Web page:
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A person's hair can reveal a lot of secrets about them, and you can uncover them with science. Crime shows will often show forensic scientists being able to extract someone's DNA from a strand of hair, but it's actually a lot harder than those shows make it seem. Most hair is dead cells, and when they die they are pressed together to form keratin. In the process, the nucleus and the DNA get destroyed, so usually to get a hair sample with any useful DNA, it has to have the root attached.
But even without the root, hair can be full of secrets. Keratin has sulfur atoms that bond to trace elements. These elements can give away what you've been putting in your body. Hair can be used to find out if someone's been using marijuana, opiates, amphetamines, or PCP. And since those elements bind to your hair when the hair is forming, the longer your hair, the farther back the test goes. Shaving your head bald won't help either, because body hair can be used in a drug tests, and since body hair doesn't grow like the hair on your head, it could actually represent a longer timeframe, possibly up to a year, Keratin's tendency to grab trace elements can be used to tell us what someone's diet is. This fact makes it useful for studying animals. Researchers have actually developed a new technique that runs a laser down the length of a single bear hair and vaporizes it. The gas is then analyzed by a mass spectrometer. The old method involved analyzing bunches of hair which gave them a general idea of what they had been eating. This new method is more precise, telling biologists if their diets have changed and can even monitor how much mercury they're getting from fish.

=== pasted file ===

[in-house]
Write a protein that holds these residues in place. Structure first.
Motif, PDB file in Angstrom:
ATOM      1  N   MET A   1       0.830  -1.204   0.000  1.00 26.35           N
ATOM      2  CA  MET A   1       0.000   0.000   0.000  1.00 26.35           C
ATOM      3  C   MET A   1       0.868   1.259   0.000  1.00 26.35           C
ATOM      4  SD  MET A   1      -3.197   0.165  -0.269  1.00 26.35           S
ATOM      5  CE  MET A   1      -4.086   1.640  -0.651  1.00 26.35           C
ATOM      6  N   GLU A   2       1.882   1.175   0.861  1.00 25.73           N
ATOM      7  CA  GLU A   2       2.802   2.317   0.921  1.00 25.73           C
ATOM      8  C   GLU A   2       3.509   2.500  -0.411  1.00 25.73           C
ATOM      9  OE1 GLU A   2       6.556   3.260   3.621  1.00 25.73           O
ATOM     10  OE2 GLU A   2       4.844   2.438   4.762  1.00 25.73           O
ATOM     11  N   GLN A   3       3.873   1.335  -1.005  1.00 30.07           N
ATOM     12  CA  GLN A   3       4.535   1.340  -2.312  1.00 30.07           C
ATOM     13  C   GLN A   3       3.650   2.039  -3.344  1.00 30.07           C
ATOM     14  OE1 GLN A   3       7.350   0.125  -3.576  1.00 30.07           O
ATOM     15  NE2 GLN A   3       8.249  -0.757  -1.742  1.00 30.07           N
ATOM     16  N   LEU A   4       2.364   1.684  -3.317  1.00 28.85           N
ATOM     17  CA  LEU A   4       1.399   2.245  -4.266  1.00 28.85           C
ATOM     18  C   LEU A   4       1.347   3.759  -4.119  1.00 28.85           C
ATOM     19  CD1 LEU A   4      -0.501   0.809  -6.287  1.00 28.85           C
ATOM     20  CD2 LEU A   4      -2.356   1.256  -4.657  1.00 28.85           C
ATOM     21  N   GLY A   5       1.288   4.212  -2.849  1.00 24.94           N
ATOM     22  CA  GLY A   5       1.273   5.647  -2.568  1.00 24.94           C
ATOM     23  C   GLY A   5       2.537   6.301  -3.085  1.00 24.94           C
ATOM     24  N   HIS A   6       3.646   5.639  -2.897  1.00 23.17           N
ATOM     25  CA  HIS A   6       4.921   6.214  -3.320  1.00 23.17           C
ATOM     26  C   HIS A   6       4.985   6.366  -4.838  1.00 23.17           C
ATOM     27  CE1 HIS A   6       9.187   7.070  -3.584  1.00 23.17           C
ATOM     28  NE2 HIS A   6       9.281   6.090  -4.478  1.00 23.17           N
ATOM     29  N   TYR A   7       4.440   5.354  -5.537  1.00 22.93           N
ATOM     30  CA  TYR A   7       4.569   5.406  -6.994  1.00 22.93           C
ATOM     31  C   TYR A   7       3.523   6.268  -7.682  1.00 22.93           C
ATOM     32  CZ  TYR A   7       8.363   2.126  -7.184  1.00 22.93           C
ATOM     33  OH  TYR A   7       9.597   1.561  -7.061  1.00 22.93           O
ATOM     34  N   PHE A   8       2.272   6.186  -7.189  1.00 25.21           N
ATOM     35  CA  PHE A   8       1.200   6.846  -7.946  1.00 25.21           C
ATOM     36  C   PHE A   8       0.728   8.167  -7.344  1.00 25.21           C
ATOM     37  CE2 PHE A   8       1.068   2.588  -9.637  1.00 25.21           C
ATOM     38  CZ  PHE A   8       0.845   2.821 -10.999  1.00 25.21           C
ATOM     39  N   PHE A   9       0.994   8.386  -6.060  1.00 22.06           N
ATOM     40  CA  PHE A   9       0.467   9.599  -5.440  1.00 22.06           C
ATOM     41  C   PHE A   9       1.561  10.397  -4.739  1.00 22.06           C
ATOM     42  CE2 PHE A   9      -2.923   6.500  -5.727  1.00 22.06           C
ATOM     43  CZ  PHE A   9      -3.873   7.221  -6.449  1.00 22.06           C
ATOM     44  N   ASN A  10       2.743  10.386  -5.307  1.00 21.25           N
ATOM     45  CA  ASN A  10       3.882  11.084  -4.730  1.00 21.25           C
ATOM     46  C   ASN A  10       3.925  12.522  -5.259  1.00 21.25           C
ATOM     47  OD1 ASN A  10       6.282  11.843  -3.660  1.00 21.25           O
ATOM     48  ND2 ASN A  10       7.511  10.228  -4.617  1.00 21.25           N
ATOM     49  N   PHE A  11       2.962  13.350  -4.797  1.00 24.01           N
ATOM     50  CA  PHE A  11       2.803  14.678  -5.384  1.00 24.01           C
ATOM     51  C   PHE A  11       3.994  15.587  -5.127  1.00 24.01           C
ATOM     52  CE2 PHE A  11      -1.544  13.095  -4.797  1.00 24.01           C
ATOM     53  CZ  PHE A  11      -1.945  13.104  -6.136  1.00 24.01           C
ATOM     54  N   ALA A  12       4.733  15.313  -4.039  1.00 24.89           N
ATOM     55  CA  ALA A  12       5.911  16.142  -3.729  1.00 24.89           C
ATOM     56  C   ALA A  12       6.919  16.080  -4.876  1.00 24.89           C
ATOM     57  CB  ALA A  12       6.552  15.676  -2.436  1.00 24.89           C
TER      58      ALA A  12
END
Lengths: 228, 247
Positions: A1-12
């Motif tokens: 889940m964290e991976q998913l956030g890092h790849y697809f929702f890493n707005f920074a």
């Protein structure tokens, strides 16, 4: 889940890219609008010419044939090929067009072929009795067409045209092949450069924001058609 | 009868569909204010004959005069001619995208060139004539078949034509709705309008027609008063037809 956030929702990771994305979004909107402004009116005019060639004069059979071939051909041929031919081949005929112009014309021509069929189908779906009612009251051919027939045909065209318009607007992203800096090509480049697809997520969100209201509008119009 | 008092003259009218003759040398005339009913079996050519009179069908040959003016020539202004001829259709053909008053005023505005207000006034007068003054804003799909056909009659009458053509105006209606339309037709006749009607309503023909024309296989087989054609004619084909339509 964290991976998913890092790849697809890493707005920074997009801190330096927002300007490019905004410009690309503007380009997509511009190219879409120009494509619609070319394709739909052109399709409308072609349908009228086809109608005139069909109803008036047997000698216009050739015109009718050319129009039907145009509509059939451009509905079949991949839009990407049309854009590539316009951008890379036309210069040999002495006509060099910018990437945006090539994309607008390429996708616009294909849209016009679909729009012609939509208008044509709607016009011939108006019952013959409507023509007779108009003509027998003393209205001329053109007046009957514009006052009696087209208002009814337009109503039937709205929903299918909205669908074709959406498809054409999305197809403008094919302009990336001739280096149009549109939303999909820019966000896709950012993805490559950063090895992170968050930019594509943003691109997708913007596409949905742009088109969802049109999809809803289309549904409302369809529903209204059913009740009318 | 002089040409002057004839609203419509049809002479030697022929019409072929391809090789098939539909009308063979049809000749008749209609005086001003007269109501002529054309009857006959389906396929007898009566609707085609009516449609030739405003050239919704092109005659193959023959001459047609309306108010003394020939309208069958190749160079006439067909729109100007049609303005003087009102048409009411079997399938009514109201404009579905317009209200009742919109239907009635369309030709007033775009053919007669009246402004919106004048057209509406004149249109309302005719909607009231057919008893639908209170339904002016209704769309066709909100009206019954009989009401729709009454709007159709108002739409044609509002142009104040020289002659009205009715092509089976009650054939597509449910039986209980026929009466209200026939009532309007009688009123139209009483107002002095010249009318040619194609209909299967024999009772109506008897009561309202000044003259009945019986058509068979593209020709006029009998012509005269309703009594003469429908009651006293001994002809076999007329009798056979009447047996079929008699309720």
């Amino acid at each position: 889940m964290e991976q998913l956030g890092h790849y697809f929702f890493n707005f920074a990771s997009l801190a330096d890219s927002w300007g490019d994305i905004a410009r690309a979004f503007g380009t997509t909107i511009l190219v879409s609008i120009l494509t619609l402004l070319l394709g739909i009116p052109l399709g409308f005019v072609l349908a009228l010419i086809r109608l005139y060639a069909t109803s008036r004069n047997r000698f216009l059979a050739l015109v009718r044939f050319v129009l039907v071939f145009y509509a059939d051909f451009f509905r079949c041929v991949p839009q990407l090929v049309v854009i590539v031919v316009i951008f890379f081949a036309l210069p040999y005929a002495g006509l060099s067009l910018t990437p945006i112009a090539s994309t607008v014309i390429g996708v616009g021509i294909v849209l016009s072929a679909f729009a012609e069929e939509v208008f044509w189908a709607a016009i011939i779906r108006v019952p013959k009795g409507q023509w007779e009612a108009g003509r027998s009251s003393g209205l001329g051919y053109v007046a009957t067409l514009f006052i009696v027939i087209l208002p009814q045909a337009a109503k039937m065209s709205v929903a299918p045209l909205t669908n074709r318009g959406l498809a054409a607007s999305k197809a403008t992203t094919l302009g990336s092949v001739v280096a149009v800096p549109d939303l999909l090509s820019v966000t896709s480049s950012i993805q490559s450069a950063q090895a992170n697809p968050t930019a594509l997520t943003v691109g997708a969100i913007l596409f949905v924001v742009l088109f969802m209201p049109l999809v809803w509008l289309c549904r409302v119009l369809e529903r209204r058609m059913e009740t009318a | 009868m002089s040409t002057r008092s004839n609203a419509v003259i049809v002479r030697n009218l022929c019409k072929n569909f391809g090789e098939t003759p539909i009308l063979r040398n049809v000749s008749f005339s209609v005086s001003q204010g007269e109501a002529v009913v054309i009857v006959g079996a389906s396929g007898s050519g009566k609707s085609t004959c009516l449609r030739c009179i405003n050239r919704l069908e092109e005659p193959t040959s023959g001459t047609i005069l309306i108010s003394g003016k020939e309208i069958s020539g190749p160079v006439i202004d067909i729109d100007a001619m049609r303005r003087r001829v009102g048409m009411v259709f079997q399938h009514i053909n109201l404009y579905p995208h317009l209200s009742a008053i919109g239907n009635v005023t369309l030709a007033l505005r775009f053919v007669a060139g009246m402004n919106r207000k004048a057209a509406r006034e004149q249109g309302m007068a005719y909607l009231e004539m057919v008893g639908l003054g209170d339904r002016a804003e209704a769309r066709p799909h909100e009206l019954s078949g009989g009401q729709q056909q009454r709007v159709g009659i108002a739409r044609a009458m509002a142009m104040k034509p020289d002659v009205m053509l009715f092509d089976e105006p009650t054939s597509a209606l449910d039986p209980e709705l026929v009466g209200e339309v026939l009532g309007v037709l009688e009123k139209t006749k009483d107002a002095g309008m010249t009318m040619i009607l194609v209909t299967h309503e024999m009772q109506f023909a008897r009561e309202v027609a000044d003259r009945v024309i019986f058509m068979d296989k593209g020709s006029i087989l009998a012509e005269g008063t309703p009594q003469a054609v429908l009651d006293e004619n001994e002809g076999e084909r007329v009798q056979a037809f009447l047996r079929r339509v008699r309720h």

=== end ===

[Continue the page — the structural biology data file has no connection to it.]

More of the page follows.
Challenges in DNA Testing and Forensic Analysis of Hair Samples (Forensic Magazine)
"People often assume hair samples make ideal samples for DNA testing. This notion might perhaps be due to the way hair samples are so often seen collected in detective crime fiction series and how solving the crime invariably hinges on finding such a sample."
Hair Drug Testing: Facts & Myths (Health-street.net)
"So, your boss asked you to get a hair drug test. Or maybe your ex. Or your parent. Or your future employer. And you have heard all kinds of rumors about what this test can detect, and for how long."